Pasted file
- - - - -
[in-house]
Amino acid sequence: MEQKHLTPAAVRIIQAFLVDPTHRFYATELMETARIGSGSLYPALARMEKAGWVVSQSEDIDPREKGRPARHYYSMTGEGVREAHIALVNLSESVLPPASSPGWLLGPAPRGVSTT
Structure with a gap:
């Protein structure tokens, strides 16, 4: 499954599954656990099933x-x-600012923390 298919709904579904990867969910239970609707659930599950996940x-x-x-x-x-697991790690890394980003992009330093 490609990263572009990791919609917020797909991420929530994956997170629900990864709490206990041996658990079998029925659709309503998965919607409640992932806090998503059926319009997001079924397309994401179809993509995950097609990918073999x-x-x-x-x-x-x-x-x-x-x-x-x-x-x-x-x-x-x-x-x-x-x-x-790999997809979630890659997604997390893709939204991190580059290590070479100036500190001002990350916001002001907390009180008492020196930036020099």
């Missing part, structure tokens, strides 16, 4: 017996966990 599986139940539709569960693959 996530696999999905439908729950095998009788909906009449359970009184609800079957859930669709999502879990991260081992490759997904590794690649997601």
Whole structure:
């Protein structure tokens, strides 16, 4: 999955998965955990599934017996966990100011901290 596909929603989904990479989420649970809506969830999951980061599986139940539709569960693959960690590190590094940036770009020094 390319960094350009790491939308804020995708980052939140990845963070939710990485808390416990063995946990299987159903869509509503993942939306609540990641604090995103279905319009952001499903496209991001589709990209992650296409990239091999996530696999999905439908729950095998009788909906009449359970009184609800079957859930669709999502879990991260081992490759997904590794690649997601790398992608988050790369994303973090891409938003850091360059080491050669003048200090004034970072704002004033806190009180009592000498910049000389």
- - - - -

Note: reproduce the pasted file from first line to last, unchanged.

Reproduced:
[in-house]
Amino acid sequence: MEQKHLTPAAVRIIQAFLVDPTHRFYATELMETARIGSGSLYPALARMEKAGWVVSQSEDIDPREKGRPARHYYSMTGEGVREAHIALVNLSESVLPPASSPGWLLGPAPRGVSTT
Structure with a gap:
């Protein structure tokens, strides 16, 4: 499954599954656990099933x-x-600012923390 298919709904579904990867969910239970609707659930599950996940x-x-x-x-x-697991790690890394980003992009330093 490609990263572009990791919609917020797909991420929530994956997170629900990864709490206990041996658990079998029925659709309503998965919607409640992932806090998503059926319009997001079924397309994401179809993509995950097609990918073999x-x-x-x-x-x-x-x-x-x-x-x-x-x-x-x-x-x-x-x-x-x-x-x-790999997809979630890659997604997390893709939204991190580059290590070479100036500190001002990350916001002001907390009180008492020196930036020099």
């Missing part, structure tokens, strides 16, 4: 017996966990 599986139940539709569960693959 996530696999999905439908729950095998009788909906009449359970009184609800079957859930669709999502879990991260081992490759997904590794690649997601």
Whole structure:
């Protein structure tokens, strides 16, 4: 999955998965955990599934017996966990100011901290 596909929603989904990479989420649970809506969830999951980061599986139940539709569960693959960690590190590094940036770009020094 390319960094350009790491939308804020995708980052939140990845963070939710990485808390416990063995946990299987159903869509509503993942939306609540990641604090995103279905319009952001499903496209991001589709990209992650296409990239091999996530696999999905439908729950095998009788909906009449359970009184609800079957859930669709999502879990991260081992490759997904590794690649997601790398992608988050790369994303973090891409938003850091360059080491050669003048200090004034970072704002004033806190009180009592000498910049000389």